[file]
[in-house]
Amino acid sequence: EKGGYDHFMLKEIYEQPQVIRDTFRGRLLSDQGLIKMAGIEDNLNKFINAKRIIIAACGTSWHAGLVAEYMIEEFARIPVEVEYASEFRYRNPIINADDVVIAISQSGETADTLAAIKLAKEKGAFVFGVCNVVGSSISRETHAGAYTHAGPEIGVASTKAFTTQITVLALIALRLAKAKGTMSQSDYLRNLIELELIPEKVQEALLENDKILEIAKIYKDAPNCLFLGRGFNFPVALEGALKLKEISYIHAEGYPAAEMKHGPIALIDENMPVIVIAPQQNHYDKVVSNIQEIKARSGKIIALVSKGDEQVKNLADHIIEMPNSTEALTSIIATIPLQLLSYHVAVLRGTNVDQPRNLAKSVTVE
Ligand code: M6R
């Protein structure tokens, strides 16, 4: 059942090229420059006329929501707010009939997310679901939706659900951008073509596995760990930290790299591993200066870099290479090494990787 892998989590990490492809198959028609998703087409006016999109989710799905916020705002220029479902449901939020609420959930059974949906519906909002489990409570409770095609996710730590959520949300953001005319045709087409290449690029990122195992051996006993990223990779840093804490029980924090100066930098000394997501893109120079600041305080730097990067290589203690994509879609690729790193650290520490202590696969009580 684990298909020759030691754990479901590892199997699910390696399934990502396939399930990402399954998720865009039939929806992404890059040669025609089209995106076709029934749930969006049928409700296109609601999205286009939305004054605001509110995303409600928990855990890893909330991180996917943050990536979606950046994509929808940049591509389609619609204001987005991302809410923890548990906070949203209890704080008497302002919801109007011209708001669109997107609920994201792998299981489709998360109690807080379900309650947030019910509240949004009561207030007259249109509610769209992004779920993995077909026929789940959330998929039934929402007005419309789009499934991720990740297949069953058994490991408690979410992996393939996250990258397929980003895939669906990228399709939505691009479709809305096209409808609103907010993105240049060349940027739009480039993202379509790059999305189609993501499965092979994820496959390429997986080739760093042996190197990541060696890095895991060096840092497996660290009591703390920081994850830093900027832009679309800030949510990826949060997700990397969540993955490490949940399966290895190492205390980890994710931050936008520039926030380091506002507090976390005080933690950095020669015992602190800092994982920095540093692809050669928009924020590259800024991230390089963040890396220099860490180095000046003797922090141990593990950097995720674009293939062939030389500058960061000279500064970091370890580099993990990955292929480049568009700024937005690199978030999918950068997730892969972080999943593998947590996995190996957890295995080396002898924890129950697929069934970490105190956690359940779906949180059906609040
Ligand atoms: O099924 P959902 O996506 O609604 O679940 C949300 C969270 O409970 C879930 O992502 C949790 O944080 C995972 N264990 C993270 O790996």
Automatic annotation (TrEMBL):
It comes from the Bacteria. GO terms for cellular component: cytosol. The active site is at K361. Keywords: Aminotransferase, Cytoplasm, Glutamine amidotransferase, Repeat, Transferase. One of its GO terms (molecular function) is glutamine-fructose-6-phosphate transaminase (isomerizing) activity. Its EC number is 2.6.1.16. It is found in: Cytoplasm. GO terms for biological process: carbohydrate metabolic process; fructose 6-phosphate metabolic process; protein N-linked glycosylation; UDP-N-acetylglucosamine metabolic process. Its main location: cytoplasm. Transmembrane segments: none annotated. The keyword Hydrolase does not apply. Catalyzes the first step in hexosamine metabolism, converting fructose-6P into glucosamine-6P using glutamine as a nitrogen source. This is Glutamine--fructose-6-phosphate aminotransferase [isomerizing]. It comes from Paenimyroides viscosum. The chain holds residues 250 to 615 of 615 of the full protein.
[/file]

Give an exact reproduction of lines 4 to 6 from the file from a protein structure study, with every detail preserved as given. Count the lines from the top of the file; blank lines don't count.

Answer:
């Protein structure tokens, strides 16, 4: 059942090229420059006329929501707010009939997310679901939706659900951008073509596995760990930290790299591993200066870099290479090494990787 892998989590990490492809198959028609998703087409006016999109989710799905916020705002220029479902449901939020609420959930059974949906519906909002489990409570409770095609996710730590959520949300953001005319045709087409290449690029990122195992051996006993990223990779840093804490029980924090100066930098000394997501893109120079600041305080730097990067290589203690994509879609690729790193650290520490202590696969009580 684990298909020759030691754990479901590892199997699910390696399934990502396939399930990402399954998720865009039939929806992404890059040669025609089209995106076709029934749930969006049928409700296109609601999205286009939305004054605001509110995303409600928990855990890893909330991180996917943050990536979606950046994509929808940049591509389609619609204001987005991302809410923890548990906070949203209890704080008497302002919801109007011209708001669109997107609920994201792998299981489709998360109690807080379900309650947030019910509240949004009561207030007259249109509610769209992004779920993995077909026929789940959330998929039934929402007005419309789009499934991720990740297949069953058994490991408690979410992996393939996250990258397929980003895939669906990228399709939505691009479709809305096209409808609103907010993105240049060349940027739009480039993202379509790059999305189609993501499965092979994820496959390429997986080739760093042996190197990541060696890095895991060096840092497996660290009591703390920081994850830093900027832009679309800030949510990826949060997700990397969540993955490490949940399966290895190492205390980890994710931050936008520039926030380091506002507090976390005080933690950095020669015992602190800092994982920095540093692809050669928009924020590259800024991230390089963040890396220099860490180095000046003797922090141990593990950097995720674009293939062939030389500058960061000279500064970091370890580099993990990955292929480049568009700024937005690199978030999918950068997730892969972080999943593998947590996995190996957890295995080396002898924890129950697929069934970490105190956690359940779906949180059906609040
Ligand atoms: O099924 P959902 O996506 O609604 O679940 C949300 C969270 O409970 C879930 O992502 C949790 O944080 C995972 N264990 C993270 O790996």
Automatic annotation (TrEMBL):